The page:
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Merit Financial also sold gold and silver to senior citizens, convincing them “to ‘roll over’ or otherwise convert [their] IRAs to the Overpriced Coins, typically in the form of gold or silver ‘proof’ coins. As a result, these consumers lose a substantial portion of their investments—in many cases, their entire life savings—at the moment they purchase the Overpriced Coins,” according to court documents filed by Santa Monica. Merit Financial was sued in 2014 for false advertising and unfair competition; it denied the claims and the case settled in 2015 without it admitting liability.
Adam Radinsky, the Santa Monica chief deputy city attorney who led that effort, had ideas for the federal government on how to fix the problem.
“If it’s going to be this big investment vehicle and advertised as such, it’s the only investment area in America that’s not regulated,” he said. “And so that’s kind of the Wild West still.”
Radinsky suggested that federal lawmakers look into the 1997 law that made proof coins—collectible coins that derive some of their value from their rarity or beauty—eligible for individual retirement accounts, alongside what he calls “typical bullion products” like gold bars and South African Krugerrands, which are valued primarily for their metal content.
Facebook’s role in schemes that prey on seniors has attracted attention.
“We are very concerned about what we are seeing on social media websites like Facebook where senior citizens may see information that looks completely legitimate come through their feeds but sets them on the path to dealing with a party that may want nothing more than wanting to defraud them out of their life savings,” said Rotunda, the Texas securities enforcement director.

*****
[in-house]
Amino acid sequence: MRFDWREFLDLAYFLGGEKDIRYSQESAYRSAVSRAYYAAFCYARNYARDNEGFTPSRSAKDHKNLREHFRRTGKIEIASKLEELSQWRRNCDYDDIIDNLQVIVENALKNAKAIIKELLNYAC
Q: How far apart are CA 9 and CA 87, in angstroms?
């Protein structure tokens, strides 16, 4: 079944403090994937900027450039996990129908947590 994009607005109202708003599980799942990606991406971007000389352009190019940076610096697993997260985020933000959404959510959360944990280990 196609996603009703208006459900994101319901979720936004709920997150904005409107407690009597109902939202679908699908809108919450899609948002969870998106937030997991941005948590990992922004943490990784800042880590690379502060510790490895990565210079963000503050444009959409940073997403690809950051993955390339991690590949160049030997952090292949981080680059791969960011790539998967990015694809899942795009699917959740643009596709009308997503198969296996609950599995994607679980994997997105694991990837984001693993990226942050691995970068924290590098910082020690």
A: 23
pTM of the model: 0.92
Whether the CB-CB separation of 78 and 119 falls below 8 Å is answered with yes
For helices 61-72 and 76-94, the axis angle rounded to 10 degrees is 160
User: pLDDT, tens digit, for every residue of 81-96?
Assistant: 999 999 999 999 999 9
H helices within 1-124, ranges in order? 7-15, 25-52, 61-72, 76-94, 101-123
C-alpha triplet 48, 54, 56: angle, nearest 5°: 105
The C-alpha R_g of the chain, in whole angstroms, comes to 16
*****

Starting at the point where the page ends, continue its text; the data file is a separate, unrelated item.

Microtargeted ads—like those linked by Quartz to Metals.com, and which were limited primarily to conservatives over age 59—can exacerbate what law professor Roger Allan Ford calls “data scams” in a paper with that title.
“Authorities might come across scams anyway, but targeting means they’re much less likely to do so on their own. Most investigators aren’t likely to be members of the groups targeted by scammers, so they won’t naturally see scam ads,” he writes.
One proposed solution has been to ban or severely limit microtargeting. Ford says banning microtargeting may not be necessary, if platforms like Facebook can be incentivized to make it easier to detect and prevent scams. Facebook could search for scams itself or build easy-to-use tools for law enforcement, he suggests.
Another possible regulation would be to subject Facebook to bank-style Know Your Customer (KYC) laws. Banks are required to extensively verify their customers’ identities to prevent fraud, money-laundering, and terrorist financing. New York University data science professor Vasant Dhar has called for similar requirements to be imposed on platforms.
“KYC would require Facebook to identify the advertiser as legitimate, perhaps through some sort of identifier and prevent this kind of predatory advertising. Facebook should know whether ‘Fox News Insiders’ is legit or not,” Dhar told Quartz, referring to one Facebook ad that is linked to Metals.com. (Fox News said that it had no affiliation with Metals.com and that its use of Fox News’s name was unauthorized.)
“KYC would cut down on this kind of scam if the platforms were incentivized to do so. They are not,” Dhar said.
“In many ways, Russia’s malicious activity in the 2016 election has helped to expose the dark underbelly of an entire online ecosystem,” Virginia senator Mark Warner told Quartz in a statement. “In the same way that bots, trolls, click-farms, fake pages and groups, ads, and algorithm-gaming can be used to propagate political disinformation, these same tools can—and have—been used to assist financial frauds,” he said.
“Ultimately, digital ad fraud thrives because of the opaqueness of the programmatic ad market. That’s why we need more transparency in this space, and better enforcement of the laws that are already on the books,” Warner said. “And the social media platforms, like Facebook, still have a lot of work to do.”
This story has been updated to add information about legal action underway against Metals.com in Missouri